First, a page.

What Is a Community Health Worker?

Medically Reviewed by Nayana Ambardekar, MD on July 09, 2023
3 min read

Community health workers are public health workers. Their goal is to connect communities with their health care systems and state health departments. Community health worker (CHW) is an umbrella term that includes a range of community health aides. They are typically citizens of the community they serve and support the health system as a volunteer or paid aide.

Community health workers go through a much shorter training period than professional workers. They are trained to support one or multiple functions of health care — sometimes from a national certification authority. However, community health workers do not include formally trained nurses, medical assistants, physician assistants, emergency medical technicians (EMT) professionals, or health professionals.

Rather, community health workers are community advocates and are often agents of social change. Because of this, it is important that community health workers understand and respond to the social and cultural norms of the communities they serve — and almost all CHWs serve their own community. 

Community health workers provide support to local healthcare organizations and systems through various tasks, depending on what type of community they are serving. Community health worker duties include:

  • Home visits
  • Sanitation of the environment
  • Provision of water and nutrition
  • First aid
  • Treatment of simple or common illnesses
  • Health education
  • Maternal and child health support
  • Family planning activities
  • Tuberculosis (TB) or HIV/AIDS care
  • Communicable disease control
  • Community development activities
  • Recordkeeping and collection of data

Community health workers perform these tasks in a wide range of breadth and depth, depending on the education and training of the CHW and the health needs of the community. 

Community health workers hold a unique and important role within the healthcare community. In both urban and rural environments, community health care workers usually share life experiences, socioeconomic status, language, and ethnicity with the members of the community they serve. CHWs may serve in many positions within their community, such as:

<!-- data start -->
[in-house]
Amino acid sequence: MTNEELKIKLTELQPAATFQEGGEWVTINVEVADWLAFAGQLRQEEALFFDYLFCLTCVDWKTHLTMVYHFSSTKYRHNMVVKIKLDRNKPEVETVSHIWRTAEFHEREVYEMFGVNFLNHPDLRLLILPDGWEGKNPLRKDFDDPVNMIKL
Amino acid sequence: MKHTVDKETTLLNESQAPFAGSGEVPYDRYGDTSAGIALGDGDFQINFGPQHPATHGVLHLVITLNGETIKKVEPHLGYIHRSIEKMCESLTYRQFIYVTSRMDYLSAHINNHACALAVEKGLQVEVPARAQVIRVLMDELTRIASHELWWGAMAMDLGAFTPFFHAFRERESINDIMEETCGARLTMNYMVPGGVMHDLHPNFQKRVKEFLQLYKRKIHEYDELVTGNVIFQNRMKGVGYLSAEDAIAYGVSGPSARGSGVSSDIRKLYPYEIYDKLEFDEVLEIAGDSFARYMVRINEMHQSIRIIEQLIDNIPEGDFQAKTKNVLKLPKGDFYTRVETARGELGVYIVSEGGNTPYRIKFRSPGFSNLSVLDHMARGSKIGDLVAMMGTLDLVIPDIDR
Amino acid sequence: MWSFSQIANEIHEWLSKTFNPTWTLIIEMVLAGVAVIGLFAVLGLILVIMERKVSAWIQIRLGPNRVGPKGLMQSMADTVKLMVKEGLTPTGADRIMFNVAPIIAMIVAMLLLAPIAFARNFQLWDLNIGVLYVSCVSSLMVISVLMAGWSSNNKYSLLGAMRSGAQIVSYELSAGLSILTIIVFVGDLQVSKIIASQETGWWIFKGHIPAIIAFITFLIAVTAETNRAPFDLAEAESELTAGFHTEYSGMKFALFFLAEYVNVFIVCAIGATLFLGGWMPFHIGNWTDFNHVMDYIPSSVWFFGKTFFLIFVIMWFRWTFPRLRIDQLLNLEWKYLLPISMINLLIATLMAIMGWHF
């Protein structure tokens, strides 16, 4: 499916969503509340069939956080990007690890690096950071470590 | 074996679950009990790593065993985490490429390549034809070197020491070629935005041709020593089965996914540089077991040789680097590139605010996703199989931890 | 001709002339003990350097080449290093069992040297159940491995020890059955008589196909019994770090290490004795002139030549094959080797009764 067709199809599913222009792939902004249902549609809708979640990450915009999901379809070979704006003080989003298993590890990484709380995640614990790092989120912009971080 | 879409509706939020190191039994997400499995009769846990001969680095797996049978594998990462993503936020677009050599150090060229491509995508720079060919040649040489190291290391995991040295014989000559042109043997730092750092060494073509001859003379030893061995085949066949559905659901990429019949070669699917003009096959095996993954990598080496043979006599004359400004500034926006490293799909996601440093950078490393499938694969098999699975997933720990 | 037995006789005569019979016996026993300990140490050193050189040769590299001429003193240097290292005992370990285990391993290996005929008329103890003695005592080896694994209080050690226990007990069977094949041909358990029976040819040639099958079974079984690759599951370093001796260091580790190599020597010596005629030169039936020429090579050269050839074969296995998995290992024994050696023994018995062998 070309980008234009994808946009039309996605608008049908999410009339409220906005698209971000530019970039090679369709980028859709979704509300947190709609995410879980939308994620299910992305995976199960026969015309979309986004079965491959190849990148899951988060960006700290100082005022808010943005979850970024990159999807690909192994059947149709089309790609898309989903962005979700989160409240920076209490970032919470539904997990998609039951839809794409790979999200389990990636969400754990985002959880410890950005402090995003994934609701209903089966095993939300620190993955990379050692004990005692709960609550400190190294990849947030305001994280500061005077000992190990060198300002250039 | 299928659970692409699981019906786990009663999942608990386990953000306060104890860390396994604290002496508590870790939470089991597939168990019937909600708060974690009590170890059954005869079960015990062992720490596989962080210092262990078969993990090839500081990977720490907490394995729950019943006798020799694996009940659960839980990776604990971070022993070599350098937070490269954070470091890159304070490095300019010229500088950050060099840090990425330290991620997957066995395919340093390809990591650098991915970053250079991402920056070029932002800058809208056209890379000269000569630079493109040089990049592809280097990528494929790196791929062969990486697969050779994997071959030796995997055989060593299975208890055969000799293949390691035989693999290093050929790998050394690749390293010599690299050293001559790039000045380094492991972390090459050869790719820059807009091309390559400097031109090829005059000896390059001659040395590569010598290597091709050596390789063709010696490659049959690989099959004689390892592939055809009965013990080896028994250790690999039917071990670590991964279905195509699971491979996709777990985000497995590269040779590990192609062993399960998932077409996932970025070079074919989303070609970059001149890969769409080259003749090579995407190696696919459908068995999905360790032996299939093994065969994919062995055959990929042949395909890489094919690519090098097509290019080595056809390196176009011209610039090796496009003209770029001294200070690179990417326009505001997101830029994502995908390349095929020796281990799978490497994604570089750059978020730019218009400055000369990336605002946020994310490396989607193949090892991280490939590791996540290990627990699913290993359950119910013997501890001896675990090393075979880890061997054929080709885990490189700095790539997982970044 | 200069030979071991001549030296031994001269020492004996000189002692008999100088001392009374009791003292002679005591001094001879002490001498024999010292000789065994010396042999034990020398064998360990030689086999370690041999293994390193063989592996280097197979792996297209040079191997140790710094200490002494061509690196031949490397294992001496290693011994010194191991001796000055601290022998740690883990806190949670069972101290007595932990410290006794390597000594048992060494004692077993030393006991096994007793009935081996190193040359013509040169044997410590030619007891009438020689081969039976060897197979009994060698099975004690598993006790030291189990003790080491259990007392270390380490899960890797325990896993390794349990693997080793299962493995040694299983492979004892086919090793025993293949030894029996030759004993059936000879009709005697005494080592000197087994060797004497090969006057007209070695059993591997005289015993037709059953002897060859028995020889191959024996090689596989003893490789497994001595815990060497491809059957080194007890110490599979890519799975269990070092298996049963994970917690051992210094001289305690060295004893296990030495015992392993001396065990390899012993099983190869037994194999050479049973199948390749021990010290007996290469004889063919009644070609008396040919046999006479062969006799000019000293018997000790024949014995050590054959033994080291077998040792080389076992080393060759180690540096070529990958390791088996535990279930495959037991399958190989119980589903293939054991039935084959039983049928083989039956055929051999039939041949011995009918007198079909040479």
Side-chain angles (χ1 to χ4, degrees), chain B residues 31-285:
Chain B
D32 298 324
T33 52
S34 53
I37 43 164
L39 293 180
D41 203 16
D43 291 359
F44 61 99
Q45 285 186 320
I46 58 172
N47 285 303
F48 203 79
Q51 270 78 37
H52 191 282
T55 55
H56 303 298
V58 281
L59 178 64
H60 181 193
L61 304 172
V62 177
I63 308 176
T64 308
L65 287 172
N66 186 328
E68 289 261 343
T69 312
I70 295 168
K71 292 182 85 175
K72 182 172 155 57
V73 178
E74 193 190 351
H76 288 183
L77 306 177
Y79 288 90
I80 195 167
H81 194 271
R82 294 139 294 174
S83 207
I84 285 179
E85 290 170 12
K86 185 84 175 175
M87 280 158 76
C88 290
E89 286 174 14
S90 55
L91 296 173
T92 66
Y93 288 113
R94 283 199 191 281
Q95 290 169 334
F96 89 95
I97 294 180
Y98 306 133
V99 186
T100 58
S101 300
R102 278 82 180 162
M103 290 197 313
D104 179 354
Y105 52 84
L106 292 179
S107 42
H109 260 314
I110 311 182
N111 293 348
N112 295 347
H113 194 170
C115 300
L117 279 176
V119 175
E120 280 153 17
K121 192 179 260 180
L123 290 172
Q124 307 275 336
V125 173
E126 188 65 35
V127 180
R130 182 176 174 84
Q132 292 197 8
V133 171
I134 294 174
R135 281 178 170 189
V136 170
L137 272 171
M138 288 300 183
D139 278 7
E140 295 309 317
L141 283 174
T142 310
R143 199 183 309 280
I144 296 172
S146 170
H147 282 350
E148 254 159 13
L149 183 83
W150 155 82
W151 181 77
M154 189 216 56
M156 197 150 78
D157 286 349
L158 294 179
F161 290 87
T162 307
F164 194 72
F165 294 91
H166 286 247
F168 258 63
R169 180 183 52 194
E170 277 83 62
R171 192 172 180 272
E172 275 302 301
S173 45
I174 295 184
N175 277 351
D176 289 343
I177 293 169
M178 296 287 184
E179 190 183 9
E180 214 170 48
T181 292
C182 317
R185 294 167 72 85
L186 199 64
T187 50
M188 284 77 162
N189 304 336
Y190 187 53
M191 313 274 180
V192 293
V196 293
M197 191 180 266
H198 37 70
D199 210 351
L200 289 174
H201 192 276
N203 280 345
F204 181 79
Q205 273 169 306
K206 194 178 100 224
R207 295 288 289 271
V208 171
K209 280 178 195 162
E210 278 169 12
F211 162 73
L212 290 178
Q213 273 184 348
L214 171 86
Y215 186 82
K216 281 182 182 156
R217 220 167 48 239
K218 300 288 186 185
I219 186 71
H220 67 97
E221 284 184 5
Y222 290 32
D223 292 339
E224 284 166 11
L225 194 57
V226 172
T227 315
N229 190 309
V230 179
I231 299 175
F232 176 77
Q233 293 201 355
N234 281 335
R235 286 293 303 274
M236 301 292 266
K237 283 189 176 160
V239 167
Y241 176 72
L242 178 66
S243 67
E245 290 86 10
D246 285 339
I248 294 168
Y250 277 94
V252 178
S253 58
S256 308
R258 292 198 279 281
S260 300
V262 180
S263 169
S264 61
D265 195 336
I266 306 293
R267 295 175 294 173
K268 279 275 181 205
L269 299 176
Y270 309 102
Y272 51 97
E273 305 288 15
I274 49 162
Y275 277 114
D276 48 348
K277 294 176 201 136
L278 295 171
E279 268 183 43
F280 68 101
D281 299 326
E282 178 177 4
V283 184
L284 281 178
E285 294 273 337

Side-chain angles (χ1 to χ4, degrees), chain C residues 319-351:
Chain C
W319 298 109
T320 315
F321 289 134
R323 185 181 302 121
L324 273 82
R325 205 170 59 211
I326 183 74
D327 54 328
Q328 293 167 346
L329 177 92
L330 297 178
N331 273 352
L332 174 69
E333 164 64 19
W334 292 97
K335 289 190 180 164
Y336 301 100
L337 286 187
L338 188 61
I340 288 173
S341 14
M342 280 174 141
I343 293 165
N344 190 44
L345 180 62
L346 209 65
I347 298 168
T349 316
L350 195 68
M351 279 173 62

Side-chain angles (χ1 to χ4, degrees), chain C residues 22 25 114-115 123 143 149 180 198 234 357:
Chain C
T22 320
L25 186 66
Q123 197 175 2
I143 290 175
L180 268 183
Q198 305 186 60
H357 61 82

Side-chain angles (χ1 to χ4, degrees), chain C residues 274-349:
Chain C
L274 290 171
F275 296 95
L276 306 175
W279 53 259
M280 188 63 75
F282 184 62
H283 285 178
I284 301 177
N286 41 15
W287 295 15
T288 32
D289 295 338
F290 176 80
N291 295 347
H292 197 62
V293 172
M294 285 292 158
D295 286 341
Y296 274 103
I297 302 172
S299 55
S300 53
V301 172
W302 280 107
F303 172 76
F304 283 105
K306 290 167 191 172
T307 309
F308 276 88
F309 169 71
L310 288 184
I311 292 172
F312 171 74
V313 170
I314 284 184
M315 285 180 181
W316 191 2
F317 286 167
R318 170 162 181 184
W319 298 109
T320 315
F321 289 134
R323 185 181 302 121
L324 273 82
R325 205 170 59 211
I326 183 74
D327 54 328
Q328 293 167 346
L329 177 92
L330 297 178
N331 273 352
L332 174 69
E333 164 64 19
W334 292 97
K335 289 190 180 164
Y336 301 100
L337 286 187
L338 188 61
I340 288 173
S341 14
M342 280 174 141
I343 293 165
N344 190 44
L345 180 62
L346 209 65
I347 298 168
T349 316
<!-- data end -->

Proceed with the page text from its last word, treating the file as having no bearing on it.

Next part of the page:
• Community health advisors
  • Health advocates
  • Outreach educators
  • Community health representatives
  • Peer health educators 

Within these roles, community health workers may offer translation services, provide culturally relevant health education, or provide informal counseling and guidance.

Ultimately, community health workers have a unique opportunity to reach community members where they live, eat, work, and more. This leads to improved access to health care services, increased health screenings, stronger connections between community members and healthcare systems, improved communication between communities and health providers, reduced need for emergency services, and improved community health.

Community health workers can also function as role models by promoting, encouraging, and supporting positive and healthy self-care and self-management behaviors among community members. As advocates, they can help ensure that underserved community members get the services and follow-up care they need.

Research shows that successful community health workers can help reduce racial and ethnic disparities in health care and build strong communication with existing health care systems.

Currently, there is no national standard for community health worker education, training, or certification. However, most community health workers undergo on-the-job training that is specialized to their specific program.

There is a wide range of training programs. Some may cover only the skills required for a singular project, while others may be more comprehensive. Many modern training programs are offered by academic institutions and community-centered organizations.

No matter where training is offered, the goal is to meet the needs of a broad scope of CHW employers and develop the skills and knowledge of the community health workers who train there.

Some cities and states have developed standardized training programs and curriculum, some of which work with colleges and universities.

Members of the community served by community health workers may visit them to receive help with:

  • Family planning
  • Tuberculosis (TB) care 
  • Malaria control
  • Procuring food and water
  • Immunization
  • Community rehabilitation
  • Diarrhea treatment related to unclean water
  • Environmental sanitation
  • Treatment of skin diseases
  • Treatment of sick children

In addition, community health workers can provide basic first aid and important health screening tests. Beyond this, community health workers provide counseling and social support to members of their community.